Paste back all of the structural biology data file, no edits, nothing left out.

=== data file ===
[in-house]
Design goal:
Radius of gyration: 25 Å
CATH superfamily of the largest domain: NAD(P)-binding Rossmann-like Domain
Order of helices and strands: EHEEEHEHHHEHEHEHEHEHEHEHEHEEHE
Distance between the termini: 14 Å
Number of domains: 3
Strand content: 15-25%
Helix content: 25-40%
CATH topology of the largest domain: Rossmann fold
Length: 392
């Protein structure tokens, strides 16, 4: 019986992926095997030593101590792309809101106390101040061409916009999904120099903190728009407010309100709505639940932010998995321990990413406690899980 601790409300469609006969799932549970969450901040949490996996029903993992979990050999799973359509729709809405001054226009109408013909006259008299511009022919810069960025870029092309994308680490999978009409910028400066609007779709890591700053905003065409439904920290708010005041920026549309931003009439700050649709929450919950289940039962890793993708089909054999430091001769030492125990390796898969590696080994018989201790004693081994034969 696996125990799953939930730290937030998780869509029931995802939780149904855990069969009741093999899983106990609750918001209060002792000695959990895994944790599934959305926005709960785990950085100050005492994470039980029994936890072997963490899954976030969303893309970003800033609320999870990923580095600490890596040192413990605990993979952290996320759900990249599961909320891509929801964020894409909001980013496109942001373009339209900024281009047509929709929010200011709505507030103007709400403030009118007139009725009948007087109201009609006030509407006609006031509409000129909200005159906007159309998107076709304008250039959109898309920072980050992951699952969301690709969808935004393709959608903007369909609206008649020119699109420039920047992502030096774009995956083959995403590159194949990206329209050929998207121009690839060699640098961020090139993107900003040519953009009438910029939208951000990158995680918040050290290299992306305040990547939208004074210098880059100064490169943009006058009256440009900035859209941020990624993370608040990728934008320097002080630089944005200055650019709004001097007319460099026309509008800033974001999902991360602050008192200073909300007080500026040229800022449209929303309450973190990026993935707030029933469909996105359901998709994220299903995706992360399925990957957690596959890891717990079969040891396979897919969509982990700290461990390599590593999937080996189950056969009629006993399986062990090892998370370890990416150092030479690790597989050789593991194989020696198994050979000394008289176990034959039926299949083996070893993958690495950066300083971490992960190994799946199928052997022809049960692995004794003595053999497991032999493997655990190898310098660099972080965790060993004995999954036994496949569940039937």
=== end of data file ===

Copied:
[in-house]
Design goal:
Radius of gyration: 25 Å
CATH superfamily of the largest domain: NAD(P)-binding Rossmann-like Domain
Order of helices and strands: EHEEEHEHHHEHEHEHEHEHEHEHEHEEHE
Distance between the termini: 14 Å
Number of domains: 3
Strand content: 15-25%
Helix content: 25-40%
CATH topology of the largest domain: Rossmann fold
Length: 392
């Protein structure tokens, strides 16, 4: 019986992926095997030593101590792309809101106390101040061409916009999904120099903190728009407010309100709505639940932010998995321990990413406690899980 601790409300469609006969799932549970969450901040949490996996029903993992979990050999799973359509729709809405001054226009109408013909006259008299511009022919810069960025870029092309994308680490999978009409910028400066609007779709890591700053905003065409439904920290708010005041920026549309931003009439700050649709929450919950289940039962890793993708089909054999430091001769030492125990390796898969590696080994018989201790004693081994034969 696996125990799953939930730290937030998780869509029931995802939780149904855990069969009741093999899983106990609750918001209060002792000695959990895994944790599934959305926005709960785990950085100050005492994470039980029994936890072997963490899954976030969303893309970003800033609320999870990923580095600490890596040192413990605990993979952290996320759900990249599961909320891509929801964020894409909001980013496109942001373009339209900024281009047509929709929010200011709505507030103007709400403030009118007139009725009948007087109201009609006030509407006609006031509409000129909200005159906007159309998107076709304008250039959109898309920072980050992951699952969301690709969808935004393709959608903007369909609206008649020119699109420039920047992502030096774009995956083959995403590159194949990206329209050929998207121009690839060699640098961020090139993107900003040519953009009438910029939208951000990158995680918040050290290299992306305040990547939208004074210098880059100064490169943009006058009256440009900035859209941020990624993370608040990728934008320097002080630089944005200055650019709004001097007319460099026309509008800033974001999902991360602050008192200073909300007080500026040229800022449209929303309450973190990026993935707030029933469909996105359901998709994220299903995706992360399925990957957690596959890891717990079969040891396979897919969509982990700290461990390599590593999937080996189950056969009629006993399986062990090892998370370890990416150092030479690790597989050789593991194989020696198994050979000394008289176990034959039926299949083996070893993958690495950066300083971490992960190994799946199928052997022809049960692995004794003595053999497991032999493997655990190898310098660099972080965790060993004995999954036994496949569940039937």